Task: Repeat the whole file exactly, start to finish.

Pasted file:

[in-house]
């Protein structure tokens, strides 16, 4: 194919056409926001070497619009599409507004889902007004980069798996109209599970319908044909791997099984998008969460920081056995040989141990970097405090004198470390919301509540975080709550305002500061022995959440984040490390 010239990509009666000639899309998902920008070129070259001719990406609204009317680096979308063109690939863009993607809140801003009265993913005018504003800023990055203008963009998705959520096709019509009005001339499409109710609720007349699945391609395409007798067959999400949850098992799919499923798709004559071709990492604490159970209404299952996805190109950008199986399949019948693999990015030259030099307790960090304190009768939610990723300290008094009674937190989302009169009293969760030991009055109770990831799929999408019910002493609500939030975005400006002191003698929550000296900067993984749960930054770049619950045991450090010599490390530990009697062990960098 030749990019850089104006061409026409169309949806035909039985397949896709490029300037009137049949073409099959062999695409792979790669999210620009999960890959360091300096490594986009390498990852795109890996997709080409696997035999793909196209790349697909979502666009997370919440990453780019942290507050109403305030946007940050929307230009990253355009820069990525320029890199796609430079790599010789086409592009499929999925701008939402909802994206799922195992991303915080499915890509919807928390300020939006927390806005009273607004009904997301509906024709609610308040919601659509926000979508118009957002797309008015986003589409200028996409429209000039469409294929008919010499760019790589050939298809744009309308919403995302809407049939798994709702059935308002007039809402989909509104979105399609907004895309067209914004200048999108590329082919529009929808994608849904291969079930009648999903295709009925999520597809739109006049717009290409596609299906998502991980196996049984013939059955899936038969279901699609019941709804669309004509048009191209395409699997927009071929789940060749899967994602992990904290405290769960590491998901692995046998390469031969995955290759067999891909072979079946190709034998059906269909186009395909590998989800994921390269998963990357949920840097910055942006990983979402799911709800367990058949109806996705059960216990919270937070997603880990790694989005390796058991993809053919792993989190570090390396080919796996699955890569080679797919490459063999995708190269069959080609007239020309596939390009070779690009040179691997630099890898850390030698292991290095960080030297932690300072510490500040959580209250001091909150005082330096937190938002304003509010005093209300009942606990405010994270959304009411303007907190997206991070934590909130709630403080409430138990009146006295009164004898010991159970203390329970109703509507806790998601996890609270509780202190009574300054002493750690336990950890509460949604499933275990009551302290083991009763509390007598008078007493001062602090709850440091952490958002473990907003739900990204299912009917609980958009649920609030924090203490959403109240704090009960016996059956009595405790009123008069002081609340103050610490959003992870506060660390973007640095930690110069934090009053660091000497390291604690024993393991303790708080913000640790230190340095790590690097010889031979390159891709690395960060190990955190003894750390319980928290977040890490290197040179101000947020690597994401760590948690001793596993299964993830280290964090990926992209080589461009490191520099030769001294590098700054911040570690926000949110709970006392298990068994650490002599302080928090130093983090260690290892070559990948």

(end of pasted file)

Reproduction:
[in-house]
């Protein structure tokens, strides 16, 4: 194919056409926001070497619009599409507004889902007004980069798996109209599970319908044909791997099984998008969460920081056995040989141990970097405090004198470390919301509540975080709550305002500061022995959440984040490390 010239990509009666000639899309998902920008070129070259001719990406609204009317680096979308063109690939863009993607809140801003009265993913005018504003800023990055203008963009998705959520096709019509009005001339499409109710609720007349699945391609395409007798067959999400949850098992799919499923798709004559071709990492604490159970209404299952996805190109950008199986399949019948693999990015030259030099307790960090304190009768939610990723300290008094009674937190989302009169009293969760030991009055109770990831799929999408019910002493609500939030975005400006002191003698929550000296900067993984749960930054770049619950045991450090010599490390530990009697062990960098 030749990019850089104006061409026409169309949806035909039985397949896709490029300037009137049949073409099959062999695409792979790669999210620009999960890959360091300096490594986009390498990852795109890996997709080409696997035999793909196209790349697909979502666009997370919440990453780019942290507050109403305030946007940050929307230009990253355009820069990525320029890199796609430079790599010789086409592009499929999925701008939402909802994206799922195992991303915080499915890509919807928390300020939006927390806005009273607004009904997301509906024709609610308040919601659509926000979508118009957002797309008015986003589409200028996409429209000039469409294929008919010499760019790589050939298809744009309308919403995302809407049939798994709702059935308002007039809402989909509104979105399609907004895309067209914004200048999108590329082919529009929808994608849904291969079930009648999903295709009925999520597809739109006049717009290409596609299906998502991980196996049984013939059955899936038969279901699609019941709804669309004509048009191209395409699997927009071929789940060749899967994602992990904290405290769960590491998901692995046998390469031969995955290759067999891909072979079946190709034998059906269909186009395909590998989800994921390269998963990357949920840097910055942006990983979402799911709800367990058949109806996705059960216990919270937070997603880990790694989005390796058991993809053919792993989190570090390396080919796996699955890569080679797919490459063999995708190269069959080609007239020309596939390009070779690009040179691997630099890898850390030698292991290095960080030297932690300072510490500040959580209250001091909150005082330096937190938002304003509010005093209300009942606990405010994270959304009411303007907190997206991070934590909130709630403080409430138990009146006295009164004898010991159970203390329970109703509507806790998601996890609270509780202190009574300054002493750690336990950890509460949604499933275990009551302290083991009763509390007598008078007493001062602090709850440091952490958002473990907003739900990204299912009917609980958009649920609030924090203490959403109240704090009960016996059956009595405790009123008069002081609340103050610490959003992870506060660390973007640095930690110069934090009053660091000497390291604690024993393991303790708080913000640790230190340095790590690097010889031979390159891709690395960060190990955190003894750390319980928290977040890490290197040179101000947020690597994401760590948690001793596993299964993830280290964090990926992209080589461009490191520099030769001294590098700054911040570690926000949110709970006392298990068994650490002599302080928090130093983090260690290892070559990948």